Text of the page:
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A CurtainUp London Review
The Hound of the Baskervilles
The technique is fast action, spoof and slapstick. The tale is told with quirky sound effects and much mime. I loved the opening where we hear actors imitating the crunch, crunch of footsteps on the gravel, of an owl hooting, the barking of dogs and a man taking out a box of matches, rattling it and then striking one with gorgeous lighting effects. It is jokey and clever but is the joke good enough to carry a performance of two hours ten minutes?
The cast of three work incredibly hard with some very quick costume changes called for which form part of the hilarity. Javier Marzan plays the cerebral detective Holmes. He is tall and dark and looks the part but should we think this is a serious portrayal, his very un-English accent lulls us out of that particular complacency. However Javier's Spanish voice didn't disturb me as his characterisation conveys much of Holmes' mystery, authority and aplomb. The meeting with the Baskerville heir, Sir Henry (Jason Thorpe) takes place in the Turkish Baths before they all try to manoeuvre a path through the treacherous Devon bog without sinking into the mire. Jason Thorpe is particularly adept at walking behind the fireplace and seconds later emerging sans his plus fours. John Nicholson, also the writer, plays Dr Watson and tells us at the end that it is all "just smoke and mirrors."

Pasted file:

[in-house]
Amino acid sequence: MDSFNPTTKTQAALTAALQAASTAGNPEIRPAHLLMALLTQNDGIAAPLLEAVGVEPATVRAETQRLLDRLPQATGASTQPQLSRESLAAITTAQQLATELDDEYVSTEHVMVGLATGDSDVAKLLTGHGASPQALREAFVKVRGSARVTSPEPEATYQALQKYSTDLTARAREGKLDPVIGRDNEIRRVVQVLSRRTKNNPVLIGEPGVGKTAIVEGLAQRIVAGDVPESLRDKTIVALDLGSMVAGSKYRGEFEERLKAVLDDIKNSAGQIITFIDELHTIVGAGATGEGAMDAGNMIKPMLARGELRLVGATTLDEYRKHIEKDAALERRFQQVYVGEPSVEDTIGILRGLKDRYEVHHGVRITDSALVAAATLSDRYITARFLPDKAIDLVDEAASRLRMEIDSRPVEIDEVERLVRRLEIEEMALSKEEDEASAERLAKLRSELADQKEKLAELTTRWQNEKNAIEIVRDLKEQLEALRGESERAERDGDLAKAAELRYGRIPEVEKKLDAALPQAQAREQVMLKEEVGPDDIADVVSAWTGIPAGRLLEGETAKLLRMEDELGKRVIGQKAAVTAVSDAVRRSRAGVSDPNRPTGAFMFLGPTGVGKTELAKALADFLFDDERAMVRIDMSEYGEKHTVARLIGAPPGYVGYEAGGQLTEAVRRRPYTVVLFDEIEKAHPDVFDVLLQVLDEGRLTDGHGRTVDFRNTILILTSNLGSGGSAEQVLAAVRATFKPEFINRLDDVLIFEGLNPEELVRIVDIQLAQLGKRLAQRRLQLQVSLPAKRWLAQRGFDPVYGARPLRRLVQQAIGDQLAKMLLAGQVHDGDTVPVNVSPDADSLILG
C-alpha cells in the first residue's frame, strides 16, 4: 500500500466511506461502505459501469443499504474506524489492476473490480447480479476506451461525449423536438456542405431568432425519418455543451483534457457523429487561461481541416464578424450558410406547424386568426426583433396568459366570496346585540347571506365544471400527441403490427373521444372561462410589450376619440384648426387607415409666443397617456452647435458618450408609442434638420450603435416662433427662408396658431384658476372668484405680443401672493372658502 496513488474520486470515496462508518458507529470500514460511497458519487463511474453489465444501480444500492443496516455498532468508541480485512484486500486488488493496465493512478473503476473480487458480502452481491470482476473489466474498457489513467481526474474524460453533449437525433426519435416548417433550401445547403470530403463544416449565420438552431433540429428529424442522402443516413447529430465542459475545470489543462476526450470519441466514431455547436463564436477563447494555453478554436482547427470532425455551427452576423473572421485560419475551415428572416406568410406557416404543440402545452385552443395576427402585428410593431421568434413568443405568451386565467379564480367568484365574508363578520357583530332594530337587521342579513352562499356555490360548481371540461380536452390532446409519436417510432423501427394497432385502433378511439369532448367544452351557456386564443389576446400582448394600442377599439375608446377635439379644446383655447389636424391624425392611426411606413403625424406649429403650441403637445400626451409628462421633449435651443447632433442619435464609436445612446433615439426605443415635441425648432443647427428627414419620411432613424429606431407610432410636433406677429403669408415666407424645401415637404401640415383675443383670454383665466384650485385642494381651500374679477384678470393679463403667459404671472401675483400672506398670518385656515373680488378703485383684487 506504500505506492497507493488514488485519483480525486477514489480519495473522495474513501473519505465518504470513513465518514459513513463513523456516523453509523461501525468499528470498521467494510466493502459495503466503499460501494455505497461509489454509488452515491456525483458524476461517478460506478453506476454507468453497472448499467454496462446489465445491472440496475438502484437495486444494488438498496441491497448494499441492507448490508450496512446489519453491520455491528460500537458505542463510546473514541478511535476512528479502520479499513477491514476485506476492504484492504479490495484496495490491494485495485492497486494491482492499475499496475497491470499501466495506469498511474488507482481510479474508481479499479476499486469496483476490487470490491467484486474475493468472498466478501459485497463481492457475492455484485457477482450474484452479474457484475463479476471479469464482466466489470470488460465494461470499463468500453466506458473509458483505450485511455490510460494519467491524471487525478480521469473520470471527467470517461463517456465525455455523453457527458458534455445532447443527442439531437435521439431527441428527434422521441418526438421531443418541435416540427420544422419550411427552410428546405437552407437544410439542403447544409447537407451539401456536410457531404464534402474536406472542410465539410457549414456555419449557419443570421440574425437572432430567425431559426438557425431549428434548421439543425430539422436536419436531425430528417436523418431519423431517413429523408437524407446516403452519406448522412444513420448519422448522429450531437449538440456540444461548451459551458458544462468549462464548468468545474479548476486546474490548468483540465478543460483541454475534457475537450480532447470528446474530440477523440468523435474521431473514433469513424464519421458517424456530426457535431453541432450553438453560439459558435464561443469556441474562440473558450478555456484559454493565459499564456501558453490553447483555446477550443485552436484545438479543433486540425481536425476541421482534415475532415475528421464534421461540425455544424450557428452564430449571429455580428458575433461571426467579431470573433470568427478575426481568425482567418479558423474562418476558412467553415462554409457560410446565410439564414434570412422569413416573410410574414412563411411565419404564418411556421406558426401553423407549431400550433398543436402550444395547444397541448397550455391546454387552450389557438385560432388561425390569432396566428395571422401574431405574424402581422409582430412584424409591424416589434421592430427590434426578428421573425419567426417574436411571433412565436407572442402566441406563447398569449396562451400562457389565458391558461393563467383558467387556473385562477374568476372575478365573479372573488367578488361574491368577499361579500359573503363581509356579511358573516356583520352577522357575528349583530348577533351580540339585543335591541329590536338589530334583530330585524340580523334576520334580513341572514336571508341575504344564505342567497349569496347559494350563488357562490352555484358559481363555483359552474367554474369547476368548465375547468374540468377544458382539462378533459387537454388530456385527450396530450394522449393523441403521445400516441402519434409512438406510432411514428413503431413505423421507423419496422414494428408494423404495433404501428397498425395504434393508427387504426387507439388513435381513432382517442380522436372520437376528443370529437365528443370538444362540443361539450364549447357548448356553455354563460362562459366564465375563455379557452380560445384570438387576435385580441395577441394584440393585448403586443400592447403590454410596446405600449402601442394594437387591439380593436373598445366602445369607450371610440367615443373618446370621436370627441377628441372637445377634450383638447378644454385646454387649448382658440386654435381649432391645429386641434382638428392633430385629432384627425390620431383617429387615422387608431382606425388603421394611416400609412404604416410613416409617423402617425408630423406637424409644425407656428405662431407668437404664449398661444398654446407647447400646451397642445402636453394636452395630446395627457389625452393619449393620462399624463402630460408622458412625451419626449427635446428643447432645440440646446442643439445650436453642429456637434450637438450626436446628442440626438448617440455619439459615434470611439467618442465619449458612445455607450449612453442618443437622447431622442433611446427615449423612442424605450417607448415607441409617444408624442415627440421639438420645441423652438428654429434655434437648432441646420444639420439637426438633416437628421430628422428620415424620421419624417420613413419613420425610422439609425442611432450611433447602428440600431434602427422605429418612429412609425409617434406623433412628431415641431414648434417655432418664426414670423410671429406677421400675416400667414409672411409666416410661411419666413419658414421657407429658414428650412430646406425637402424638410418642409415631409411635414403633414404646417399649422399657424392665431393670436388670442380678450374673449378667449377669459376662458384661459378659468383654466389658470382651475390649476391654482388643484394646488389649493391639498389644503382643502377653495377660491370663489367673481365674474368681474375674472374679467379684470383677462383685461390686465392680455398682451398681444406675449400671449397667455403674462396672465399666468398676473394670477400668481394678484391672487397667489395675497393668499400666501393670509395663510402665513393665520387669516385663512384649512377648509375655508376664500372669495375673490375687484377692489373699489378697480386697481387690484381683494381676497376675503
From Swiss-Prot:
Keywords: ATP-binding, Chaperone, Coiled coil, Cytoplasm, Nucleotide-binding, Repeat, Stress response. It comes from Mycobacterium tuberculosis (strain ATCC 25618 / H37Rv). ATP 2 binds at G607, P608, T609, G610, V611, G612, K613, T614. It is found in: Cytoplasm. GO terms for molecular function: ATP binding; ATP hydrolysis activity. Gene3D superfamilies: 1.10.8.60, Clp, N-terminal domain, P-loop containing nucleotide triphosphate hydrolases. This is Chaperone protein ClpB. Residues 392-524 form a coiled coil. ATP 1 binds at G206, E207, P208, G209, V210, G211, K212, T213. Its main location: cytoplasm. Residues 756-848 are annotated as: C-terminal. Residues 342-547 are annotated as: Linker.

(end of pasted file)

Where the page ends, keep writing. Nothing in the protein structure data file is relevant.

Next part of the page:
In case you have lost the plot, following a petition from the audience for more clarity, the second act opens with a reprise of all of the first act in rapid time, complete with some of the costume changes in this rapid fire version. Javier plays the woman Sir Henry falls for and "her brother" Stapleton, and there is a gorgeous Tango scene where his partner is considerably shorter that the "lady". The whole is a rather silly evening for audiences who require little more than rib tickling fun. The tickets are cut price so no-one need feel they have paid full West End prices for this show which would have been better if it had been briefer. The Greek sounding company Peepolykus (People Like Us) have brilliant performers with excellent timing but for me the joke wore a trifle thin.
Retold by Tina Packer of Shakespeare & Co.
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